Kamala Sarup: Nepal Peace Agreement Concern
Nepal: Peace Agreement Concern
By Kamala Sarup
If the general expectation of the people for lasting peace could be transformed into reality, Nepal could once again be a land of unmatched natural beauty with for ever cheerful, friendly and hospitable people.
The cease-fire, or the temporary agreement to stop the use of arms, between the government forces and the Maoists is indeed a very welcome political phenomenon. If the fighting parties do not come to terms, they might go back to violent means again and again, but what I feel and feel strongly is that we must always strive for ultimate peace. We have a deep desire that this time around there will be no break down of talks and a true and lasting peace will be achieved, for we know not only the two fighting adversaries, but all the neutral innocent people of Nepal want the nation to be free, prosperous and happy. And to be truly free and really prosperous and happy, we require an open democratic atmosphere of mutual understanding, toleration and cooperation. We must have peace to achieve this kind of democratic goal in which every individual and group has an equal opportunity of participation in the administration.
23.5 million Nepali people want peace in the country. This is the happiest moment for Nepalese. Even recently, many people strongly called for immediate relief packages and rehabilitation programmes in the affected parts of the country both at the government and the local level. The peace process would not last long if there is no concrete programmes to address their problems. Without settling the humanitarian problems, no lasting peace can be envisaged.
It is in this dubious economic condition when the agenda of national reconstruction was thrown overboard that an extreme leftist element represented now by the Maoists emerged in the country.
Like the people and their needs, like their demands, everything is in a flux and the constitution is also not above and beyond the universal law of change. The existing constitution should not come in the way of joining hands between brothers and sisters, nor as an impediment to time-honored change. If we proudly advocate the sovereignty of the people, we must also without any reservation recognize their exclusive right of amending the constitution according to their needs.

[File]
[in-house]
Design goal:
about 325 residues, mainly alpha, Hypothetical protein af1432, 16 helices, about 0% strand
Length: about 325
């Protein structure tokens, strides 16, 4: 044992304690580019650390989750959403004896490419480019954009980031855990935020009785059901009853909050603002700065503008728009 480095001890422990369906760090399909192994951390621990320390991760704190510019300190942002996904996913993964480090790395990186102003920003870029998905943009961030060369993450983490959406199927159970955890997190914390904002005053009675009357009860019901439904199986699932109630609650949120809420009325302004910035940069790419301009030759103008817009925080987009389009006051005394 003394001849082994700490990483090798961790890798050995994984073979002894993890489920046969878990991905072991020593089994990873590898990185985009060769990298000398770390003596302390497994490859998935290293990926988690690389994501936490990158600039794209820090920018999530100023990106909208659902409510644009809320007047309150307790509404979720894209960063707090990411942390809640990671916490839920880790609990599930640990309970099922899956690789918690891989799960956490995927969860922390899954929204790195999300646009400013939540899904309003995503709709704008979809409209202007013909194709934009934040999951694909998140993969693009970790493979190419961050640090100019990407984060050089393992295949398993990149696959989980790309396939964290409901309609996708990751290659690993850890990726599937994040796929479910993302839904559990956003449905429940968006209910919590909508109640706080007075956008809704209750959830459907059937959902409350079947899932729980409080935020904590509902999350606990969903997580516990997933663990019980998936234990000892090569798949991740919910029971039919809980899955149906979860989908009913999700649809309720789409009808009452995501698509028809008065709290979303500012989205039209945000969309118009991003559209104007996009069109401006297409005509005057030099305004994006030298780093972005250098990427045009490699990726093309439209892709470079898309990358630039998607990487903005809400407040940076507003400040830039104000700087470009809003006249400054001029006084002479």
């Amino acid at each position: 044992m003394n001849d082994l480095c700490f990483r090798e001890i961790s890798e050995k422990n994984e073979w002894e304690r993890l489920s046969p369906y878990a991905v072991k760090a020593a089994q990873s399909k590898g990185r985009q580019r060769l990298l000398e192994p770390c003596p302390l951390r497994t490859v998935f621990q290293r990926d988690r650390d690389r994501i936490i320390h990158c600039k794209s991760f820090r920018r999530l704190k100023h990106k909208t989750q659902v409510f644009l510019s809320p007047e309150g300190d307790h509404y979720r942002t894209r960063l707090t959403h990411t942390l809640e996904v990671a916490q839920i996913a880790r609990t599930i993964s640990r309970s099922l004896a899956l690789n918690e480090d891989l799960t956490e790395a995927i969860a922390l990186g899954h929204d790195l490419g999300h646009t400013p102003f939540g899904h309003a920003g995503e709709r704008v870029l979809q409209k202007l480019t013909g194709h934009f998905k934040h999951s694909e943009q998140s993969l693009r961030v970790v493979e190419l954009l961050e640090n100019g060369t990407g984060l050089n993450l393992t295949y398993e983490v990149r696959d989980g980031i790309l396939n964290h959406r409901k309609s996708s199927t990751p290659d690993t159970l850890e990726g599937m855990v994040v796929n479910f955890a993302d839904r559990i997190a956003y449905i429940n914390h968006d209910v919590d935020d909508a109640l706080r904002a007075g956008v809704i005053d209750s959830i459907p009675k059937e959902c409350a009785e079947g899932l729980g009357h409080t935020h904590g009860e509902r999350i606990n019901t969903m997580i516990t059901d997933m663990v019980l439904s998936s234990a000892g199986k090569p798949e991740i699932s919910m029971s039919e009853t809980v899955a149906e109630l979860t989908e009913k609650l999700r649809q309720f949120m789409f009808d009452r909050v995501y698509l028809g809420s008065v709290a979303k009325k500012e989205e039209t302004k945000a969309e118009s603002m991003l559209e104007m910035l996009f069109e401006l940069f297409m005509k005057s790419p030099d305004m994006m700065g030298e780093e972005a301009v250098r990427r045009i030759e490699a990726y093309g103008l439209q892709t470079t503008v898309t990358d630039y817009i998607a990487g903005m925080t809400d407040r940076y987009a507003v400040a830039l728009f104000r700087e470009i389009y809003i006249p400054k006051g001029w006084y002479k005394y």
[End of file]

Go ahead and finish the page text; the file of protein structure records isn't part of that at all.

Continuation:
The cease-fire will certainly enhance the position of the Maoists. They can openly discuss their concepts and ideology and participate in popular democratic activities. It is good to be able to do so without taking recourse to violent means. Peaceful means are more convincing to the people, stronger and ever lasting. They have got this opportunity, which, I feel, they will not let go in the heat of their ideological sentiment. Armed struggle or the use of arms can succeed not only in Nepal, but anywhere in the world, if it is launched under an able commander. History has an ample proof of it. But it is not a question of overthrowing a regime or conquering a country. The main issue is the achievement of peace, security, progress and prosperity for our nation. We love Nepal and the Nepalese people. Our main objective is and should be a free and fearless life for us all.
To promote a permanent peace and respect for diversity through citizen participation in programs that develop a consensus around peace issues. To contribute to the definition of a permanent national peace policy through action, ideas and research aimed at the construction of a society based on policies of social justice and sustainable, humane development.
Peace is another name for the emancipation of the common people and also equal opportunity for all the citizens. Our ultimate goal is to achieve true democracy and to achieve that goal for the happiness of all our people, we should let all ideas, all concepts and all philosophies to have an interplay for the free selection and adoption in which every individual and every section of our people will have an easy access and willing participation for a better tomorrow.